A proposed solar-powered hydrogen storage facility has work to do to back up its big claims.
Hydrogène de France (HDF) Energy’s French Western Guiana Power Plant would couple a 55-megawatt solar farm with hydrogen storage to deliver steady, clean power at any time of day. This process is supported by secondary storage in batteries.
The €90 million ($105 million) plant would generate a fixed electrical output of 10 megawatts in the daytime and 3 megawatts during the night, adding up to 140 megawatt-hours per day.
Despite the modest size of that instantaneous output, HDF grandly claimed in its press release that the plant “is expected to revolutionize the energy sector and mark the start of a new era in energy delivery.”
Elsewhere in the release, the company hailed its project as “the world’s largest power station,” which is plainly wrong when compared to any number of power plants producing in the hundreds of megawatts or higher, not to mention existing storage facilities with greater capacity. A spokesperson clarified that the other plants don’t use hydrogen storage, altering the claim.
The big question for the system is whether it offers an efficient alternative to other forms of solar and storage.
The electrons have to go through more conversions than in a standard lithium-ion storage design. But that dominant battery technology has not proven economical for 24-hour firming of renewables, which gives hydrogen an opening to prove itself.
Around 15 megawatt-hours of battery capacity a day would be used to smooth solar production and help cover the evenings from 6 p.m. to 8 p.m., as well as providing a reserve for cloudy days, said Jean-Noel de Charentenay, strategy director at HDF Energy.
The reserve seems likely to come into play often, given that the plant site, Saint-Laurent-du-Maroni, is described as having a mostly cloudy or overcast climate for eight months of the year. French Guiana “is not the best region for solar resource,” HDF admitted. “The configuration would have been better in a sunny region.”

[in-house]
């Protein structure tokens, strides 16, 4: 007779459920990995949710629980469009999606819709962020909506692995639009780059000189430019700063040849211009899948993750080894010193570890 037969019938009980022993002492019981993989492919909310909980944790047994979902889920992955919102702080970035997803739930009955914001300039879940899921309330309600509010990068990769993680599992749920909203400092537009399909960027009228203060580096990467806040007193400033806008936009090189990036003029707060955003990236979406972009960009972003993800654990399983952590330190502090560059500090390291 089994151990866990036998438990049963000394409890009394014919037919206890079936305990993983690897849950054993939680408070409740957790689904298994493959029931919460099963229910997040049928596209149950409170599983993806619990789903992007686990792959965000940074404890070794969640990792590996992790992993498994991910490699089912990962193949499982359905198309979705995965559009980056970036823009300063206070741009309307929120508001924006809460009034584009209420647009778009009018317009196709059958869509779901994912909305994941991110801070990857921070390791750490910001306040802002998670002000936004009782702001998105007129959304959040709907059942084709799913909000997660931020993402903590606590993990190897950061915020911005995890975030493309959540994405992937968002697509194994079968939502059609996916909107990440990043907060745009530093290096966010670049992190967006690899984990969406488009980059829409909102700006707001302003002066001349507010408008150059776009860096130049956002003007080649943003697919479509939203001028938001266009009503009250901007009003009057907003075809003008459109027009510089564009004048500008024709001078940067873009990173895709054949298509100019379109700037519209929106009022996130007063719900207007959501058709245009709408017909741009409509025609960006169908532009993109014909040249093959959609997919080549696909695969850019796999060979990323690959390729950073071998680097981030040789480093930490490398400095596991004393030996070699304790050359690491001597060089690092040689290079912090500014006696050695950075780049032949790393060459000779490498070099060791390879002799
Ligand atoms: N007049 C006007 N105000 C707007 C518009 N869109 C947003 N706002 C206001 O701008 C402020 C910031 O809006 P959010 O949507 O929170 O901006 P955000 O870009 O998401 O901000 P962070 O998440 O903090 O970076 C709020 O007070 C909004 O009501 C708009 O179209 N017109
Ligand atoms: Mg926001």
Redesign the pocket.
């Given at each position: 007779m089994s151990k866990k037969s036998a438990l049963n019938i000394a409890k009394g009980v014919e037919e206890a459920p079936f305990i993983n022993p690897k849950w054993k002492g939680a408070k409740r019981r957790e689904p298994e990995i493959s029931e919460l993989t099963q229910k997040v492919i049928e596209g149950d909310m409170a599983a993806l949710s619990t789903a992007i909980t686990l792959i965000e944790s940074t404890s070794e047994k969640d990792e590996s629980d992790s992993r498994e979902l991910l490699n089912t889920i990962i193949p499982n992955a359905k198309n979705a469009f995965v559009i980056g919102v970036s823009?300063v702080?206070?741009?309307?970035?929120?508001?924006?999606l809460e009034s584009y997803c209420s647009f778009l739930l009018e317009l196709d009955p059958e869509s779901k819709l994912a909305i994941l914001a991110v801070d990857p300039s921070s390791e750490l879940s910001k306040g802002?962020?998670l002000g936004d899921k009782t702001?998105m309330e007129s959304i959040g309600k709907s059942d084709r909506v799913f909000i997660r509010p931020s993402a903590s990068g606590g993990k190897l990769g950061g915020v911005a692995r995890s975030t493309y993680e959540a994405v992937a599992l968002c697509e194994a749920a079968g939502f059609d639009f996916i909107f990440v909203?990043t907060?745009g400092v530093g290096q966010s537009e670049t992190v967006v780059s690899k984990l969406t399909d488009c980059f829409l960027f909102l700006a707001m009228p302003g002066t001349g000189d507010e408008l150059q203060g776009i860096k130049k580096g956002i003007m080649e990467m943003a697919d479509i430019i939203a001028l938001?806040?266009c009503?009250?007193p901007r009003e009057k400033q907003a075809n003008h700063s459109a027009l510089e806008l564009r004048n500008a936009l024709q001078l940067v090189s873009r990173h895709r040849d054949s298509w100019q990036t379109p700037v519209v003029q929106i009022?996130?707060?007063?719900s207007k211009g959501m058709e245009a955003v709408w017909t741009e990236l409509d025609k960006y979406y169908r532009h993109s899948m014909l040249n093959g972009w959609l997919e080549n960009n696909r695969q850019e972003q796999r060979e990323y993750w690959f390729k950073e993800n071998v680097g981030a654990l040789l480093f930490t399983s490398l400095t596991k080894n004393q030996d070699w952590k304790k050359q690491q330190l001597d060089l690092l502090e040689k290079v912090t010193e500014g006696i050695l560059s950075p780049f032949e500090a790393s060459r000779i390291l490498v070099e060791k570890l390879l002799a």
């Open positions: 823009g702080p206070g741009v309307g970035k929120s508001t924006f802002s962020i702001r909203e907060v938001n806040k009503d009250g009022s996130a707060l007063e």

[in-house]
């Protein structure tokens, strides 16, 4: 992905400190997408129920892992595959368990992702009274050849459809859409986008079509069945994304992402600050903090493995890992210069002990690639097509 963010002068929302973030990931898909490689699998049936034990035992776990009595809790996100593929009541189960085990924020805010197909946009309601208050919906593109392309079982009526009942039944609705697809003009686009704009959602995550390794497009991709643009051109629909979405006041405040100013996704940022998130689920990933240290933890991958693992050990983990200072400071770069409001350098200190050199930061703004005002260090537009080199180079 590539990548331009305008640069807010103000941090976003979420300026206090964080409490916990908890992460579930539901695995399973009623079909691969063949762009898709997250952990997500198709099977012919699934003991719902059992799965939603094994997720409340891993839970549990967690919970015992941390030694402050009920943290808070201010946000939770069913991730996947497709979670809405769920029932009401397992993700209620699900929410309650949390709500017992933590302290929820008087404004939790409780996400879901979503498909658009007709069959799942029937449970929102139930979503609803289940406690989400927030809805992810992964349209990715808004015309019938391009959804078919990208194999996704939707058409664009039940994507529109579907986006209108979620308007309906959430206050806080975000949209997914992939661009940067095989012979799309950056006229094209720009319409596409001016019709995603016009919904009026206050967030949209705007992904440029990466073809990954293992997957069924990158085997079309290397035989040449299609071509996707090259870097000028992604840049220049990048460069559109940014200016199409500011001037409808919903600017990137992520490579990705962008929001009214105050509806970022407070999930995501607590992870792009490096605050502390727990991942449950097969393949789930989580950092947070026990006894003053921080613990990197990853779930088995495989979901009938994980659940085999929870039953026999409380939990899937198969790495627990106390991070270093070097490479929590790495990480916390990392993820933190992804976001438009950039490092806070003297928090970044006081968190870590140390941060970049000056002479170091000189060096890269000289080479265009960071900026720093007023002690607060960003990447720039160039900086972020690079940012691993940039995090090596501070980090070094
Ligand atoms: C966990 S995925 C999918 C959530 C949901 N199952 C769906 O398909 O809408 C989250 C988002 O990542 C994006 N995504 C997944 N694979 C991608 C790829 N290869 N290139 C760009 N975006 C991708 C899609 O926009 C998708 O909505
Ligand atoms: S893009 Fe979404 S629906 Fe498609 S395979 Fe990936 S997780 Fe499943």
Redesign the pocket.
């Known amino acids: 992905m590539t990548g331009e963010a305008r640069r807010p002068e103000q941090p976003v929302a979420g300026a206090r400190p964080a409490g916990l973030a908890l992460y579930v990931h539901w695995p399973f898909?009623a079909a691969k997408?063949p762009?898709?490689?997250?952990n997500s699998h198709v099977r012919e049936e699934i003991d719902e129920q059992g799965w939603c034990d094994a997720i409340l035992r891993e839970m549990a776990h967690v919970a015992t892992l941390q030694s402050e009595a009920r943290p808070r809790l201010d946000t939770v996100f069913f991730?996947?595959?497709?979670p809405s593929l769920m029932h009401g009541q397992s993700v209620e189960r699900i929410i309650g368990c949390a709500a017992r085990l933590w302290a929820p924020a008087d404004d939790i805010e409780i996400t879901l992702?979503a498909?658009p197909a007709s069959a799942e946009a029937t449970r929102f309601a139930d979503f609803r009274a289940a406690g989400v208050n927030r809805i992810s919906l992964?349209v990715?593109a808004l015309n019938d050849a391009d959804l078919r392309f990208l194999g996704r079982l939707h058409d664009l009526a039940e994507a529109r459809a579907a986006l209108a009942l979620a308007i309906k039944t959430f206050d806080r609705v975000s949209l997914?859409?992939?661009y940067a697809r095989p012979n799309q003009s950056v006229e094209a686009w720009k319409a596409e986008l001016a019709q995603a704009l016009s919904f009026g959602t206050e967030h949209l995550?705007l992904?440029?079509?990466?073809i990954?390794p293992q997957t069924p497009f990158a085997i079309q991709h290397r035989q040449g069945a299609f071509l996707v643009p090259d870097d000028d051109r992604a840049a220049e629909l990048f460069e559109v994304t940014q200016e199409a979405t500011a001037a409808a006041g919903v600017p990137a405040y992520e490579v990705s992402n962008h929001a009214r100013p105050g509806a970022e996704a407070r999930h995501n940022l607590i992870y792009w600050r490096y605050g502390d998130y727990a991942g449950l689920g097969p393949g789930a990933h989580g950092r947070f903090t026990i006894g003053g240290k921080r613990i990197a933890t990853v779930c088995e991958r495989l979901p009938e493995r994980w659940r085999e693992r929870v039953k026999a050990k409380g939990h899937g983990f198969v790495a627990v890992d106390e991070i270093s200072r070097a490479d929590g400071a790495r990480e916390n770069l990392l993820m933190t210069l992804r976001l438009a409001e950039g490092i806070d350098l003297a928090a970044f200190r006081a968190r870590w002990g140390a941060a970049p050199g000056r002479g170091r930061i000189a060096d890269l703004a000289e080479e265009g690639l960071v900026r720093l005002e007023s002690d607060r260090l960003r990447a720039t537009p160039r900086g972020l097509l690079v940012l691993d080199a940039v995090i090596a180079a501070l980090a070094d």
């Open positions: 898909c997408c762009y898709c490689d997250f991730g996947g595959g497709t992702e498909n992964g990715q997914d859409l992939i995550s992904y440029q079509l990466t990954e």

HDF said 16 megawatts of the output from its 55-megawatt solar plant would be used to create hydrogen via an electrolyser with 80 percent efficiency.
The plant’s fuel cell would convert this back to energy at 47 percent efficiency, yielding a round-trip efficiency of around 38 percent for the hydrogen storage. A lot of that generation gets lost in the course of storing and retrieving it.
On cost, meanwhile, de Charentenay said: “The only information we can tell is that we are cheaper than diesel generation.”
A power-purchase agreement price will be set during negotiations with the offtaker, local utility EDF, he said. Another question mark is the nature of the project’s backers.
De Charentenay said HDF would be looking to fund the plant through project finance offered by “infrastructure funds and major lenders.”
But “we cannot disclose the names until the final equity partner commitment is signed,” he said. “This is expected in a couple of months.”
HDF is hoping to achieve financial close for the project in 2019, with commissioning in 2020, he said.
The company will be developing its project against a backdrop of skepticism regarding hydrogen’s potential as a storage medium.
GTM launched “Wesoff’s Wall” to document hydrogen fuel cell companies’ apparent inability to ever achieve profitability.
As of last November, it appeared some players might finally be on the verge of success, thanks to a focus on unusual niches such as drones and cruise ships.
But given the rhetoric surrounding many of these companies, observers will be taking hydrogen project announcements with a grain of salt until developers can provide credible claims and, above all, tangible results.